My mother died 2016-02-02 after a fairly short battle with cancer. Although aged nearly 82 she was very energetic and this was a big shock to all who knew her. It is a strange feeling when someone you thought would be around forever leaves so early. I have a memorial website to which anyone reading […]
I am running a survey (via Google Forms) on behalf of an international group of researchers and librarians interested in improving overall performance of the publication system in mathematics and other subjects. Its results will be made public later this year. We aim to get responses from a large and representative sample of the world […]
With summer scholarship student Jacky Lo, I have just submitted this paper to COMSOC 2016. This is the first time I have seriously looked at resource allocation in social choice. It was interesting and I may do more on this topic in future. Abstract: The problem of one-sided matching without money (also known as house […]
Today marks the end of an expensive and rewarding 5-week visit to Los Angeles. Most of it was vacation. We experienced some excellent museums (Petersen Automotive, Getty Center, La Brea Tar Pits) and the Santa Monica caught up with some old friends and colleagues, and spent a lot of time with many relatives. As expected, […]
Stephen Melczer and I have just posted a paper to arXiv.org: Asymptotics of lattice walks via analytic combinatorics in several variables. In my humble opinion this is a nontrivial advance in the area. It is a nice application of smooth and multiple point asymptotics in the framework developed by Robin Pemantle and me.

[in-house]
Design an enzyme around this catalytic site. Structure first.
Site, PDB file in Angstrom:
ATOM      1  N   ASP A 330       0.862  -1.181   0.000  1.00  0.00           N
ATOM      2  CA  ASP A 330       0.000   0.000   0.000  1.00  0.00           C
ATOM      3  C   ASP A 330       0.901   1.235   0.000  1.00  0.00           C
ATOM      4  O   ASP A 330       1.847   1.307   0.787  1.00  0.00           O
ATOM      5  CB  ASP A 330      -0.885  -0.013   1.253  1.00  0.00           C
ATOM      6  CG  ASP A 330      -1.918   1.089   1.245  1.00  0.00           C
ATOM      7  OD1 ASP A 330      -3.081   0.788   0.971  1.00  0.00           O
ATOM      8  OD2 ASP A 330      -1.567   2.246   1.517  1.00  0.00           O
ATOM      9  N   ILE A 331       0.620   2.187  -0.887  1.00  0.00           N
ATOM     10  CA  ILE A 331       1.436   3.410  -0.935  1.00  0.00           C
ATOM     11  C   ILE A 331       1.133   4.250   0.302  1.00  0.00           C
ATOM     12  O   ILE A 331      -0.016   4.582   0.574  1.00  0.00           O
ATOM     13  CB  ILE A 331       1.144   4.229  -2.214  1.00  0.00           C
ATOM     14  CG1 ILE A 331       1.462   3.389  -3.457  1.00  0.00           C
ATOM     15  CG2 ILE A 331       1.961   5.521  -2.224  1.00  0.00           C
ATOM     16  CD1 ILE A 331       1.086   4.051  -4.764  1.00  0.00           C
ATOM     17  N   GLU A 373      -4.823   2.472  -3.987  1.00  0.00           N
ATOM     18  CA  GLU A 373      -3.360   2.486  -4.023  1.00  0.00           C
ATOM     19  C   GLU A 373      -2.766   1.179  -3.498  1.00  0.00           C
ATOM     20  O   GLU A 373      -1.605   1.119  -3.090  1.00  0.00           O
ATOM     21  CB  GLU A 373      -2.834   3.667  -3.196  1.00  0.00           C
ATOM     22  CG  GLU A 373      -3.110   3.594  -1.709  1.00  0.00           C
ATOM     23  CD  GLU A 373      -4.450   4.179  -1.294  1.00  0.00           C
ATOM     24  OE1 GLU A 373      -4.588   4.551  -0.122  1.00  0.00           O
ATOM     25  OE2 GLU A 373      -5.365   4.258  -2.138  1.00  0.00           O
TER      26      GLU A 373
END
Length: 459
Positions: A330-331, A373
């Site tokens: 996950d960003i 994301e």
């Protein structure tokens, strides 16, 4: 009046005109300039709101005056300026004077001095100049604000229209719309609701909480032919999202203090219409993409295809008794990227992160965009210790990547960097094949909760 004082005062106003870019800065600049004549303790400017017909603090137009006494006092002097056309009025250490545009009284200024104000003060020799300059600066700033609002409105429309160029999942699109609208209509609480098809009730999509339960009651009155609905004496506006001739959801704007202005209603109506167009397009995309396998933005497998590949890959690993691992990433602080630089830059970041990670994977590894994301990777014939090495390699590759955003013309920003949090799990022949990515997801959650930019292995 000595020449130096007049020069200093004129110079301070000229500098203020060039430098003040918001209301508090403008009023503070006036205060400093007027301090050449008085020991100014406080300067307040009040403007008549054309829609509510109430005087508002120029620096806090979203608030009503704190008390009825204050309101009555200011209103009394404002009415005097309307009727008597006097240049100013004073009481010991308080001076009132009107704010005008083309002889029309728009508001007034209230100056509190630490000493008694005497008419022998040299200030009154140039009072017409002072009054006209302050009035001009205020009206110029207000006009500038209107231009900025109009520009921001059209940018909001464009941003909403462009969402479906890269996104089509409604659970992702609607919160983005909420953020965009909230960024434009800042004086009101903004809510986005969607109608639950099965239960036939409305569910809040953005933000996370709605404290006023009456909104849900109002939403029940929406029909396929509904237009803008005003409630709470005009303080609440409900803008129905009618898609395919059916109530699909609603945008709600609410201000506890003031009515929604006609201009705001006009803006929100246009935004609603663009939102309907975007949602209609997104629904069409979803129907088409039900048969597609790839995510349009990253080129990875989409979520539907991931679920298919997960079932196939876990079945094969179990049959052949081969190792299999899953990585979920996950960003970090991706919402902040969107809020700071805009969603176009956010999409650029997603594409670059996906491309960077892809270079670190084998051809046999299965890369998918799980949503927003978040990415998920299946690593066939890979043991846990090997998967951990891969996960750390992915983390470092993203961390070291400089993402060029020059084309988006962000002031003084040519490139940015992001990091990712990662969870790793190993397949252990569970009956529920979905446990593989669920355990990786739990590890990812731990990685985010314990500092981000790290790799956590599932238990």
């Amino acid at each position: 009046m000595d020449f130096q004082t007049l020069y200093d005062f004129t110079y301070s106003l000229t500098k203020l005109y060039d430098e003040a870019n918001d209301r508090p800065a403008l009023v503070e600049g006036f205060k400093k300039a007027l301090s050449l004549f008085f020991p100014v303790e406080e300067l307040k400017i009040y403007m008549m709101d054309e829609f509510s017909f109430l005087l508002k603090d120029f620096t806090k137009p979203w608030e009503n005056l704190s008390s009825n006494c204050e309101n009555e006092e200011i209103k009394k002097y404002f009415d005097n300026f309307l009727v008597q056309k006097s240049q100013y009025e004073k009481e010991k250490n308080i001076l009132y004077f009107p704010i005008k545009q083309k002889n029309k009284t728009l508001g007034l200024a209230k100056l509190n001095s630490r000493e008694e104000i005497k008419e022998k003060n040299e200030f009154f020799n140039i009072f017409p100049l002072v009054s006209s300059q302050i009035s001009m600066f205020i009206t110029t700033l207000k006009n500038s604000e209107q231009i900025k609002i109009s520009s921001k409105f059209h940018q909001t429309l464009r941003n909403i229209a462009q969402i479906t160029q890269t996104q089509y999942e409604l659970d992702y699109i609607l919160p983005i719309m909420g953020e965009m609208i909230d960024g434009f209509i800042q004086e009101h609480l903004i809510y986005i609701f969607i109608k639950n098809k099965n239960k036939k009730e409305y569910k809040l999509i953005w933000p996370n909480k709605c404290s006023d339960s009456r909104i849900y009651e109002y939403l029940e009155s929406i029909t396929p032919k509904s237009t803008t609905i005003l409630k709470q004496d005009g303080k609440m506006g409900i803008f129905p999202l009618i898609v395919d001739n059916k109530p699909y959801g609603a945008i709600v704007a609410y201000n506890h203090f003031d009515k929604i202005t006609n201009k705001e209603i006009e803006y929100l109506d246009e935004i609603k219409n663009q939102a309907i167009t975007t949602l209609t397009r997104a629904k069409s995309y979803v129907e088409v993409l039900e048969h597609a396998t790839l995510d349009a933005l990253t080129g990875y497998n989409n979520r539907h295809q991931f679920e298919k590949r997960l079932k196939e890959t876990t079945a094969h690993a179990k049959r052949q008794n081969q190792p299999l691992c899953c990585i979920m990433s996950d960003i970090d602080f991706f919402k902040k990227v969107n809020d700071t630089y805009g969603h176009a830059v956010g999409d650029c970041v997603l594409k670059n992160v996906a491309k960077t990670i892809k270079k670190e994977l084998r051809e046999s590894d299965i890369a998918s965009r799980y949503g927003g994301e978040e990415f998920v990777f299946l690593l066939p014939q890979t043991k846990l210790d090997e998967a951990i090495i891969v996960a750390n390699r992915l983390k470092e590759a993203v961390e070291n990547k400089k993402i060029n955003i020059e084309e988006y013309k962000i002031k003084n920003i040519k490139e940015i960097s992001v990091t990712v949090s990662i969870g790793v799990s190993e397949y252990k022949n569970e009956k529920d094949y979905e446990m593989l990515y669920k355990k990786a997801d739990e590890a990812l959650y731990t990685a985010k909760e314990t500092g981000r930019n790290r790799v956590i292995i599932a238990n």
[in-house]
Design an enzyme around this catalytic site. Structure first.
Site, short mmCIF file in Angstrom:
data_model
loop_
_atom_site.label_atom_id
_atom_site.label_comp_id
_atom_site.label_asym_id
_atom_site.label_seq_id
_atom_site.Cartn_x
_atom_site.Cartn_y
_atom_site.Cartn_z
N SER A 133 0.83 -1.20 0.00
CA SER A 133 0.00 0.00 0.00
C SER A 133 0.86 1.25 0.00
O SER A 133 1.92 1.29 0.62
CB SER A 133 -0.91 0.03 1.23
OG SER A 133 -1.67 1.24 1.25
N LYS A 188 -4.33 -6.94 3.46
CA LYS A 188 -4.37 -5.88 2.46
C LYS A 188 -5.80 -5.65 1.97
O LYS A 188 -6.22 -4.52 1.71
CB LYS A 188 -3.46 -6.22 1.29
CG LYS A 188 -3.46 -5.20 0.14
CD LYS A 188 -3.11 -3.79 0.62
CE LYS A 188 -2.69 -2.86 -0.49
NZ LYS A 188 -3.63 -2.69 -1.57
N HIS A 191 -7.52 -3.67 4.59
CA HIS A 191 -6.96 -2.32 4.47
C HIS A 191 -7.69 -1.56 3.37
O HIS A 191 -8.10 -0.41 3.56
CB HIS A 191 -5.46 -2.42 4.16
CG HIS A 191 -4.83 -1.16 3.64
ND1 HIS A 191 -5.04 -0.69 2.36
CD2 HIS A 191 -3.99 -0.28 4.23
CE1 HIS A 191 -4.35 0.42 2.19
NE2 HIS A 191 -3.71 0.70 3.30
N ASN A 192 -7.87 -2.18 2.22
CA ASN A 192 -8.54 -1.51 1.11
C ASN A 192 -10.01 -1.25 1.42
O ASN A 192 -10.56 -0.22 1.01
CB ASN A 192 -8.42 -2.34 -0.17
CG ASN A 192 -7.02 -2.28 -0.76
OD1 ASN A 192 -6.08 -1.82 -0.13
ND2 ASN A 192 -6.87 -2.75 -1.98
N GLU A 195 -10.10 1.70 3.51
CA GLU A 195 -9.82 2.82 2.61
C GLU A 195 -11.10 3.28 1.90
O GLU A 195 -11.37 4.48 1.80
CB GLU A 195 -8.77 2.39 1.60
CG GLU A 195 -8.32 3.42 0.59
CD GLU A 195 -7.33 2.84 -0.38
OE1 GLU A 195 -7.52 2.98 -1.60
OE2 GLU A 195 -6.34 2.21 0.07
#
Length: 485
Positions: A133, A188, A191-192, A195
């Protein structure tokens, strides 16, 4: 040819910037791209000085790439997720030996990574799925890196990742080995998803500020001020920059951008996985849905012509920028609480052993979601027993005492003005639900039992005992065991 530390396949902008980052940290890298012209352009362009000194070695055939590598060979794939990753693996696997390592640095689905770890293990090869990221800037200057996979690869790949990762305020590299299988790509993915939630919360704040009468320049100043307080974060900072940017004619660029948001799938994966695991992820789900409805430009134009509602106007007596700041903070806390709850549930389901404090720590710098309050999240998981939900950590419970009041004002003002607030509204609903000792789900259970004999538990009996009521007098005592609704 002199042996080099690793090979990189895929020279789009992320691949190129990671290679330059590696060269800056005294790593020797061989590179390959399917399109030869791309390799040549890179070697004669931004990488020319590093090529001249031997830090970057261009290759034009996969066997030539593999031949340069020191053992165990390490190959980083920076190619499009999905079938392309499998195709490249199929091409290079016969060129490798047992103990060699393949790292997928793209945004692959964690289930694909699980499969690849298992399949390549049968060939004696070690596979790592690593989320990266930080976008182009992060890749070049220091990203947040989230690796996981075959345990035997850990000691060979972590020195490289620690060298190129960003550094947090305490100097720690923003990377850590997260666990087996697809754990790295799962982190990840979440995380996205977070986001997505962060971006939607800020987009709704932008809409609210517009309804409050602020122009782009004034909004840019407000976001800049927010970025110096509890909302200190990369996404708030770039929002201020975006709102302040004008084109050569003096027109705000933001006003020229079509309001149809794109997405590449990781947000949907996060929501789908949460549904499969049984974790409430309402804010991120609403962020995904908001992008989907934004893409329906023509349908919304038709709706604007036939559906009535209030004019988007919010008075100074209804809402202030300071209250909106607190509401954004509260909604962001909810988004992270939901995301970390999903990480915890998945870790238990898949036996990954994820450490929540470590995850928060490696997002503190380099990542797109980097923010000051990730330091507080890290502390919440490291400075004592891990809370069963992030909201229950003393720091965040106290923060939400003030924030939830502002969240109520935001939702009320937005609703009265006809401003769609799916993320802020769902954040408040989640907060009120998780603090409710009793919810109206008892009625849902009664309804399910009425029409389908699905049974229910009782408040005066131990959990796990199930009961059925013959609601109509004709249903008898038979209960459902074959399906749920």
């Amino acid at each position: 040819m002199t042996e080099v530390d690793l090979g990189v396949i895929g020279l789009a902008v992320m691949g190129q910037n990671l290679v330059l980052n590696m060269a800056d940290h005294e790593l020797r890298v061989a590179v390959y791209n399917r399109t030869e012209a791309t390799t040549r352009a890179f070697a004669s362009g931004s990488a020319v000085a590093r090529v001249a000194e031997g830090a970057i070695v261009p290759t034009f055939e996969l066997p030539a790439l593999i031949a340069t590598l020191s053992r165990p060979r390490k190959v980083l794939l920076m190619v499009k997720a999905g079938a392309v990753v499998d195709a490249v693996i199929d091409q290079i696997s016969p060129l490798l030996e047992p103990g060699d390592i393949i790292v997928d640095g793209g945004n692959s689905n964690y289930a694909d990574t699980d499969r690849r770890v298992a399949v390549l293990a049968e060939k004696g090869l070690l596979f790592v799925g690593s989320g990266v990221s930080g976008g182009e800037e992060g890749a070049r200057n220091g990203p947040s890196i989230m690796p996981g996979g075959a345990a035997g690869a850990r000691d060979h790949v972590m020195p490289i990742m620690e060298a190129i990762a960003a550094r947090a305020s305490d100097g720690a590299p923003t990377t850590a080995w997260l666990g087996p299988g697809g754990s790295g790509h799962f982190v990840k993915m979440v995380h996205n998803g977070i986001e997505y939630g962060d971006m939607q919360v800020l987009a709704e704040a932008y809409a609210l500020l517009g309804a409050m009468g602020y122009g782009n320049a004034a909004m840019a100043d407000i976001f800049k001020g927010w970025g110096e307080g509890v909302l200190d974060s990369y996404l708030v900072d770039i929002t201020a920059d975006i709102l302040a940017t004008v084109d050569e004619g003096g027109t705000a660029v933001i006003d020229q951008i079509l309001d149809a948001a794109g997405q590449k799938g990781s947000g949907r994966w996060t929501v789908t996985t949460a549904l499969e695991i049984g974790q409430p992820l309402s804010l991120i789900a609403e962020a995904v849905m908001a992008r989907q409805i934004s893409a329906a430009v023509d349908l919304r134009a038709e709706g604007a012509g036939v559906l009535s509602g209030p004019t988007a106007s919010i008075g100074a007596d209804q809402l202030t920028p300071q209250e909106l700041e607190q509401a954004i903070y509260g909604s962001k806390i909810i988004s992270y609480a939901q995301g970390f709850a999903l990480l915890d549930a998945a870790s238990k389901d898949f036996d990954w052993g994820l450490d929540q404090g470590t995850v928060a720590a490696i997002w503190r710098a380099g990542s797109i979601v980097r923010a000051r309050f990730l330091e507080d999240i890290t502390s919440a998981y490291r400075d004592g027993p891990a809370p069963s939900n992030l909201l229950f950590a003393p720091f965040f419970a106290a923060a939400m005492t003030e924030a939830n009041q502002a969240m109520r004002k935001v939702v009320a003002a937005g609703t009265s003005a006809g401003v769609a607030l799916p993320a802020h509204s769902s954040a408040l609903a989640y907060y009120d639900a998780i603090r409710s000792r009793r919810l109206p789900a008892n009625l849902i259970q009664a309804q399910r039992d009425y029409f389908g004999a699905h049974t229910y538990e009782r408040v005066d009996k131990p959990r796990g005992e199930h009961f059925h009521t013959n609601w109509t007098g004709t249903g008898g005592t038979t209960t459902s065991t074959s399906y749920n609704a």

I can’t do better than point you to a short list of readings by a very prominent OA advocate, Peter Suber.
The Canadian general election will be held on 19 October. The most basic prediction method uses the full district (“riding”) vote information from the last election (in 2011), the current poll estimate for national level support for each party, and a model of changes in district votes. There are two main models used in predicting […]
In June and September I attended two contrasting political science conferences on the West Coast of the USA. PolNet 2015 was small (of the order of 100 attendees) and focused on political networks. APSA 2015 was huge (about 7000 attendees), covering all areas of the field, with many business meetings and other professional activities in […]
Here is a list of references that may be useful when considering barriers to open access. B.C. Bjork on Open Access – are the barriers to change receding? 2014 survey of Canadian Researchers’ Publishing Attitudes and Behaviours 2014 Taylor and Francis author survey 2015 NPG/Palgrave Macmillan author survey Registry of Open Access Mandates UNESCO Open […]
Networks in which the edges can be positive or negative occur in many applications (for example, in international relations, states may be allied or official enemies). A widely-used theory of “balance” predicts that networks should become more balanced over time. However there are no clearly agreed measures of partial balance. Samin Aref and I made […]